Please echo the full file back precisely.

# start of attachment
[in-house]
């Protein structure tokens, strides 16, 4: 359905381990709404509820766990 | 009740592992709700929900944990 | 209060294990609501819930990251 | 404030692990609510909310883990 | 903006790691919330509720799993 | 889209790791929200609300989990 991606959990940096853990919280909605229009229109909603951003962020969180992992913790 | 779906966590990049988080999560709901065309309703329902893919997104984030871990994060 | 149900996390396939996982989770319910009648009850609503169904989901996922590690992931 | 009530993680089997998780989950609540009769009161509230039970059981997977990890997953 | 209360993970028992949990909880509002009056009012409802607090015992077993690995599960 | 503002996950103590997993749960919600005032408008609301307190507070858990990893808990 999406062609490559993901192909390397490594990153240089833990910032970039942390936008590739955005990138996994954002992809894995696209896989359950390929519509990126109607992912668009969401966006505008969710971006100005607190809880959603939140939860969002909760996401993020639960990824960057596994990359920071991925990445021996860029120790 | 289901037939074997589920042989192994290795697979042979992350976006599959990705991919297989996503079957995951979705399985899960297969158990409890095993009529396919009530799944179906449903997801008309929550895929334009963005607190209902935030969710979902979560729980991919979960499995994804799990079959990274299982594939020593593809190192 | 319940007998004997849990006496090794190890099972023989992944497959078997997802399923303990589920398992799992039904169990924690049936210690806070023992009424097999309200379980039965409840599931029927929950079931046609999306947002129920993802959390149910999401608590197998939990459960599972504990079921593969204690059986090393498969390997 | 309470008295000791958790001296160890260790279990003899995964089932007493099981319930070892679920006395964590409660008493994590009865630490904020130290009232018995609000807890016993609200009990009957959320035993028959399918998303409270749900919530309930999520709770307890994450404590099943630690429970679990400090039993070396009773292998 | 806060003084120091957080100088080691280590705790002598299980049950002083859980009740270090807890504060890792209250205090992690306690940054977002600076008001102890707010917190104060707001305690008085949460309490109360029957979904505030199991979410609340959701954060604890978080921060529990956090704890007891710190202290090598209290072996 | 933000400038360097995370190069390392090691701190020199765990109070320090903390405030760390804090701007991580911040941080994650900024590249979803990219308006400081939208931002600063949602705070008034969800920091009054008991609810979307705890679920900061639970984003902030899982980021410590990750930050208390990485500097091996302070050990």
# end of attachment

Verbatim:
[in-house]
């Protein structure tokens, strides 16, 4: 359905381990709404509820766990 | 009740592992709700929900944990 | 209060294990609501819930990251 | 404030692990609510909310883990 | 903006790691919330509720799993 | 889209790791929200609300989990 991606959990940096853990919280909605229009229109909603951003962020969180992992913790 | 779906966590990049988080999560709901065309309703329902893919997104984030871990994060 | 149900996390396939996982989770319910009648009850609503169904989901996922590690992931 | 009530993680089997998780989950609540009769009161509230039970059981997977990890997953 | 209360993970028992949990909880509002009056009012409802607090015992077993690995599960 | 503002996950103590997993749960919600005032408008609301307190507070858990990893808990 999406062609490559993901192909390397490594990153240089833990910032970039942390936008590739955005990138996994954002992809894995696209896989359950390929519509990126109607992912668009969401966006505008969710971006100005607190809880959603939140939860969002909760996401993020639960990824960057596994990359920071991925990445021996860029120790 | 289901037939074997589920042989192994290795697979042979992350976006599959990705991919297989996503079957995951979705399985899960297969158990409890095993009529396919009530799944179906449903997801008309929550895929334009963005607190209902935030969710979902979560729980991919979960499995994804799990079959990274299982594939020593593809190192 | 319940007998004997849990006496090794190890099972023989992944497959078997997802399923303990589920398992799992039904169990924690049936210690806070023992009424097999309200379980039965409840599931029927929950079931046609999306947002129920993802959390149910999401608590197998939990459960599972504990079921593969204690059986090393498969390997 | 309470008295000791958790001296160890260790279990003899995964089932007493099981319930070892679920006395964590409660008493994590009865630490904020130290009232018995609000807890016993609200009990009957959320035993028959399918998303409270749900919530309930999520709770307890994450404590099943630690429970679990400090039993070396009773292998 | 806060003084120091957080100088080691280590705790002598299980049950002083859980009740270090807890504060890792209250205090992690306690940054977002600076008001102890707010917190104060707001305690008085949460309490109360029957979904505030199991979410609340959701954060604890978080921060529990956090704890007891710190202290090598209290072996 | 933000400038360097995370190069390392090691701190020199765990109070320090903390405030760390804090701007991580911040941080994650900024590249979803990219308006400081939208931002600063949602705070008034969800920091009054008991609810979307705890679920900061639970984003902030899982980021410590990750930050208390990485500097091996302070050990």